Converting SentenceTransformers to Tensorflow

# Remove some of the info messages
import os
os.environ['TF_CPP_MIN_LOG_LEVEL'] = '2'

import transformers

import numpy as np

import tensorflow
import torch
import sentence_transformers

Tags: python, nlp, tensorflow

date: 2022-08-23T08:00:00+10:00

feature_image: /images/sentencetransformers-to-tensorflow.png

SentenceTransformers provides a convenient interface for creating embeddings of text (and images) in PyTorch, which can be used for neural retrieval and ranking. But what if you want to integrate a model trained in SentenceTransformers with other existing models in Tensorflow? The best solution would be to rewrite the training in Tensorflow, but if you’ve already spent a lot of time training a model you may want to import it into Tensorflow. This post will show you how.

This post was generated with a Jupyter notebook which you can download if you want to run it yourself.

Training a SentenceTransformers Model

Let’s start with an example model from the SentenceTransformers Training Examples a bi-encoder consisting of a Transformer embedding, followed by mean pooling, and a single dense layer. The transformer model_name can be almost any model from HuggingFace, but for this example we’ll use one of the smaller pre-trained SentenceTransformers models tuned to sentence embeddings, all-MiniLM-L6-v2.

from sentence_transformers import SentenceTransformer, models
from torch import nn

model_name = 'sentence-transformers/all-MiniLM-L6-v2'
max_seq_length = 512
output_dimension = 256

word_embedding_model = models.Transformer(model_name,

pooling_model = models.Pooling(word_embedding_model.get_word_embedding_dimension(),

dense_model = models.Dense(in_features=pooling_model.get_sentence_embedding_dimension(),

model = SentenceTransformer(modules=[word_embedding_model, pooling_model, dense_model])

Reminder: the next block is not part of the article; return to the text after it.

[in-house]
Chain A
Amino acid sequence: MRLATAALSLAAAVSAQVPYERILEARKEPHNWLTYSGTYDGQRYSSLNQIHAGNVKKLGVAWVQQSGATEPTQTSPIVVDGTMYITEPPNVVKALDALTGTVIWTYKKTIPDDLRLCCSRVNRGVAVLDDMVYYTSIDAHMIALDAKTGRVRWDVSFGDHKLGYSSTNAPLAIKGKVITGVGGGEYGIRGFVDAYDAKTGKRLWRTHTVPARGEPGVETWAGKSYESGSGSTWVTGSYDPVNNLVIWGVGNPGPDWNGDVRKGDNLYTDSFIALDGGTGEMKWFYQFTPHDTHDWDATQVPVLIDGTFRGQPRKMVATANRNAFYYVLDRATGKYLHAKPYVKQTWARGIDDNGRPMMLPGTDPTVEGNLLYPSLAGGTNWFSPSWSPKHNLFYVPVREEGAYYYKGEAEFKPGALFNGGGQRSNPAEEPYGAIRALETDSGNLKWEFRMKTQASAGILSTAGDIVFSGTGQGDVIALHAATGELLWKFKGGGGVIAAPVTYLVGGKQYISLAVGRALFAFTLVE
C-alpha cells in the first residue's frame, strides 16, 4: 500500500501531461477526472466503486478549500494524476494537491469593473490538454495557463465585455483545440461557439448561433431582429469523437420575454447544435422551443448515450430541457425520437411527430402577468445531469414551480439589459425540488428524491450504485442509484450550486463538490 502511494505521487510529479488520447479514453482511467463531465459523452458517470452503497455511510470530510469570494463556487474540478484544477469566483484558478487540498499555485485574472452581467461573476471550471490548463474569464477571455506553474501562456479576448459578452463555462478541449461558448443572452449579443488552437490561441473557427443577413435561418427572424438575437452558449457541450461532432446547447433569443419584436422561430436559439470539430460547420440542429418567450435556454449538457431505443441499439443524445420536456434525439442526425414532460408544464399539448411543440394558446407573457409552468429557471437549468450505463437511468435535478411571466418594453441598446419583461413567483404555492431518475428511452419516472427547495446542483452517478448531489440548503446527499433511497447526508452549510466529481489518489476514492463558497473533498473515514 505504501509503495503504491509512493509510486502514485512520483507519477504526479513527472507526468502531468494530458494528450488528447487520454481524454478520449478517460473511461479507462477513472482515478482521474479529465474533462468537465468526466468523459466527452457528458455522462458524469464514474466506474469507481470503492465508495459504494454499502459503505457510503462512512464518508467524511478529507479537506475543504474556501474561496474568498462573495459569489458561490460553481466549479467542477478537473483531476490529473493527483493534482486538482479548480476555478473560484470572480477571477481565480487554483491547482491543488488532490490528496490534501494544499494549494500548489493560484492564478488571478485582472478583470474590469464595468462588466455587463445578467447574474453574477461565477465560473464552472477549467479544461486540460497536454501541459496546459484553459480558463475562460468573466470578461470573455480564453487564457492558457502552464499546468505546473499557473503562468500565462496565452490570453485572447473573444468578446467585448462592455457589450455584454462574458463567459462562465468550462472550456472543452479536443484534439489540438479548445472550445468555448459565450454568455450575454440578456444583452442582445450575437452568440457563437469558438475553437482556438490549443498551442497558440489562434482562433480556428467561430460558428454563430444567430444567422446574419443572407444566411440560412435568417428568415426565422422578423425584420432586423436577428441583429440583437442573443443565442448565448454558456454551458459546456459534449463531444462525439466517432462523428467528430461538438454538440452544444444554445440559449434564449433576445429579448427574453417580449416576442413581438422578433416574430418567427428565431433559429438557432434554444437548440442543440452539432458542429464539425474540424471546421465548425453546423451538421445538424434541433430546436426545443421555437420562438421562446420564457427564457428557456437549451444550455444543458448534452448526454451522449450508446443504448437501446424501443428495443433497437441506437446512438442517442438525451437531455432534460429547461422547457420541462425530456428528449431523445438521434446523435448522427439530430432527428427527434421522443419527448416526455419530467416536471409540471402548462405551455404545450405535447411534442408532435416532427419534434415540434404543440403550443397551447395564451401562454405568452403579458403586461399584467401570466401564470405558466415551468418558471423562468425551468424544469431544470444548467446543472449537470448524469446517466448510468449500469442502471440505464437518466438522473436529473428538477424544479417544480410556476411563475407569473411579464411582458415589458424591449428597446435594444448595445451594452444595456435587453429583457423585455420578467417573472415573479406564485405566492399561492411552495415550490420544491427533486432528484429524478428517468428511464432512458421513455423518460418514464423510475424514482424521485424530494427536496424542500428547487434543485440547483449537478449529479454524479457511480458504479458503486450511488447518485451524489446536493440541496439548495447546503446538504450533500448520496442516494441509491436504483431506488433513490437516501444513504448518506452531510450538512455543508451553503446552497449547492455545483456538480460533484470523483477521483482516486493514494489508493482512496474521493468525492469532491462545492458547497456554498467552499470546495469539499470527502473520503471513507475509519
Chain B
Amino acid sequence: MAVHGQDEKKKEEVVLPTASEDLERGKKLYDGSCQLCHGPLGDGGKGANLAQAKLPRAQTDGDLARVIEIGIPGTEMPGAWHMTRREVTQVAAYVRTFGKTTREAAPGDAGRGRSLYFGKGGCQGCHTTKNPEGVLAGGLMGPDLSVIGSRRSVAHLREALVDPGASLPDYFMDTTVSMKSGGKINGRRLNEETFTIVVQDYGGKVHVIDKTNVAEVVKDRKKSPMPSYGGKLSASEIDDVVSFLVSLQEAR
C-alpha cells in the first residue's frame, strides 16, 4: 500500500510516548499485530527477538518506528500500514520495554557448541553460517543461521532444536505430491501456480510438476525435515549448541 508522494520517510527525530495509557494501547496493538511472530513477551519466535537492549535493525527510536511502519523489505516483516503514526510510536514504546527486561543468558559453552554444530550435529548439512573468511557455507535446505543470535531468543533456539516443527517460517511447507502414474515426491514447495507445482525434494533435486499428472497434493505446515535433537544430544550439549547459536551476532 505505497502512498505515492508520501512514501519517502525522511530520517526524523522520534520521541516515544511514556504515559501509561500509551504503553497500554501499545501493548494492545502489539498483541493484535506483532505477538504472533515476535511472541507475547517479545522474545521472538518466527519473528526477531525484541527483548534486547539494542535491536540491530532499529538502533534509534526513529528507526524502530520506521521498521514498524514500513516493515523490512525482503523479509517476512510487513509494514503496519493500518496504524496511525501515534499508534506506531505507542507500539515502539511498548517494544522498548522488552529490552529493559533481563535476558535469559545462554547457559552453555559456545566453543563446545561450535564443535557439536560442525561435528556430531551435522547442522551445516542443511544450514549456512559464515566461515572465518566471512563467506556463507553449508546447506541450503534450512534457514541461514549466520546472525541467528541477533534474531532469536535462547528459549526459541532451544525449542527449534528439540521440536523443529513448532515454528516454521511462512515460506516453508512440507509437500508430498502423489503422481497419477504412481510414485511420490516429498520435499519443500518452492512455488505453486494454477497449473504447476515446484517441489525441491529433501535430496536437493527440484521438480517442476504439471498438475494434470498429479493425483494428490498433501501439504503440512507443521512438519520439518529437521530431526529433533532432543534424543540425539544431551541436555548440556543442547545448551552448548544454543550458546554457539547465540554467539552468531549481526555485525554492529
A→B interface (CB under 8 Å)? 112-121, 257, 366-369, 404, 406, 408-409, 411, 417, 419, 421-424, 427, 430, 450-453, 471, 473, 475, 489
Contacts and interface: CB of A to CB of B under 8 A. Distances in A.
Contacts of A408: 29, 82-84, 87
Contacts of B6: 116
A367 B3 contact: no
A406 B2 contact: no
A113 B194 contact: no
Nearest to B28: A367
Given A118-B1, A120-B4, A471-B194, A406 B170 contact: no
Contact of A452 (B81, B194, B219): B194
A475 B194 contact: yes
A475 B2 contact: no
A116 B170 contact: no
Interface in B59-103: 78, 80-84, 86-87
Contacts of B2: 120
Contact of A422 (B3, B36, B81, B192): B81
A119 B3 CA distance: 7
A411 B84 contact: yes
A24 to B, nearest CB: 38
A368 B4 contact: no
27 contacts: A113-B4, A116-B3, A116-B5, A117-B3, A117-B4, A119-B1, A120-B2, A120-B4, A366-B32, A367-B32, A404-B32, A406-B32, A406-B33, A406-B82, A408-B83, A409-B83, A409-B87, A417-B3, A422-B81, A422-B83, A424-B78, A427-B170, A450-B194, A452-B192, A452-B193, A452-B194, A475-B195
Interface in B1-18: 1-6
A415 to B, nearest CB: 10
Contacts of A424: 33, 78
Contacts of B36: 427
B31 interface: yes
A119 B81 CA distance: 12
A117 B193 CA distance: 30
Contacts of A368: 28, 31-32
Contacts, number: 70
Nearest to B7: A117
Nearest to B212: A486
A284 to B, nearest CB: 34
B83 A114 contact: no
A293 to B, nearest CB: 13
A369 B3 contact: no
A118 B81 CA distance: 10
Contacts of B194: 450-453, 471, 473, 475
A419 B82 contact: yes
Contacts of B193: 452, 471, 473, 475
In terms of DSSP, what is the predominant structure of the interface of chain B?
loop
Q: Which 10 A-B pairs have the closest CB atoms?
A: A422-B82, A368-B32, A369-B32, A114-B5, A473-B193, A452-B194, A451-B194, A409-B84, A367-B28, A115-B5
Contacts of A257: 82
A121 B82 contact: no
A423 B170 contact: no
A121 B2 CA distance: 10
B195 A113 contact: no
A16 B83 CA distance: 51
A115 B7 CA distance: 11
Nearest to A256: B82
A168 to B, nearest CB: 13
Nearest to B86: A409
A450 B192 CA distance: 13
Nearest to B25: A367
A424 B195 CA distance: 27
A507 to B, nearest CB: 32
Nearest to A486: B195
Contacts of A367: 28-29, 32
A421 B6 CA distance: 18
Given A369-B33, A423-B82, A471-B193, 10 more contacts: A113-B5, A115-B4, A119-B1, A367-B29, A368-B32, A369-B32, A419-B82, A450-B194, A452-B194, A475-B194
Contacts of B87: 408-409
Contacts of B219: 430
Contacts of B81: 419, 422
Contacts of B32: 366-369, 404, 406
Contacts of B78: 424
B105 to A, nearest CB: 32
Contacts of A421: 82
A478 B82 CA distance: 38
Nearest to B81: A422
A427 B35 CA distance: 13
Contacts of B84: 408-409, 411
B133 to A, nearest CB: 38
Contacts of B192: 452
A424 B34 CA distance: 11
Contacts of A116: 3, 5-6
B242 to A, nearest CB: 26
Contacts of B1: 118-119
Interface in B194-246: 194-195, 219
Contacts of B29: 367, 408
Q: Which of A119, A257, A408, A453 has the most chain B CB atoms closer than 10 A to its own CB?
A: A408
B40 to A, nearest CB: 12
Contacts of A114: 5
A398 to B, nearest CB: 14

(384, 384, 256)

Next we would finetune this model using our own data. Here we’ll just use some dummy sample data and put it into InputExample. If we had more data than fit in memory we could use memory mapping with PyArrow.

from sentence_transformers import InputExample
from import DataLoader

train_examples = [
    InputExample(texts=['My first sentence', 'My second sentence'], label=0.8),
    InputExample(texts=['Another pair', 'Unrelated sentence'], label=0.3)

train_dataloader = DataLoader(train_examples, shuffle=True, batch_size=16)

Now we can train the model with one of the SentenceTransformer losses. Using use_amp (Automatic Mixed Precision) means we’ll get faster throughput and use less GPU memory on a GPU that supports it.

from sentence_transformers import losses

num_epochs = 3
train_loss = losses.CosineSimilarityLoss(model)[(train_dataloader, train_loss)],
          warmup_steps=int(len(train_examples) * num_epochs * 0.1),

Now we’ll save the model to import into Tensorflow; in this example we’ll just use a temporary directory.

from tempfile import TemporaryDirectory

output_dir = TemporaryDirectory()

Converting to Tensorflow

This kind of model can be converted into a Keras model in the following steps:

  1. Use Huggingface Transformers to load the model into Tensorflow using TFAutoModel
  2. Pass the tokenized input and extract the hidden state
  3. Mean Pool the Hidden State
  4. Pass the output through the dense layer
import sentence_transformers
import tensorflow as tf
from transformers import AutoTokenizer, TFAutoModel 

def sentencetransformer_to_tensorflow(model_path: str) -> tf.keras.Model:
    """Convert SentenceTransformer model at model_path to TensorFlow Keras model"""
    # 1. Load the Transformer model
    tf_model = TFAutoModel.from_pretrained(model_path, from_pt=True)

    input_ids = tf.keras.Input(shape=(None,), dtype=tf.int32)
    attention_mask = tf.keras.Input(shape=(None,), dtype=tf.int32)
    token_type_ids = tf.keras.Input(shape=(None,), dtype=tf.int32)

    # 2. Get the Hidden State
    hidden_state = tf_model.bert(

    # 3. Mean pooling
    mean_pool = tf.keras.layers.GlobalAveragePooling1D()(
    # 4. Dense layer
    sentence_transformer_model = SentenceTransformer(model_path, device="cpu")
    dense_layer = sentence_transformer_model[-1]
    dense = pytorch_to_tensorflow_dense_layer(dense_model)(mean_pool)

    # Return the model
    model = tf.keras.Model(

    return model

We can convert the Dense model into Tensorflow with a simple mapping of the weights.

TORCH_TO_KERAS_ACTIVATION = {"torch.nn.modules.activation.Tanh": "tanh"}

def pytorch_to_tensorflow_dense_layer(dense_model: sentence_transformers.models.Dense) -> tf.keras.layers.Dense: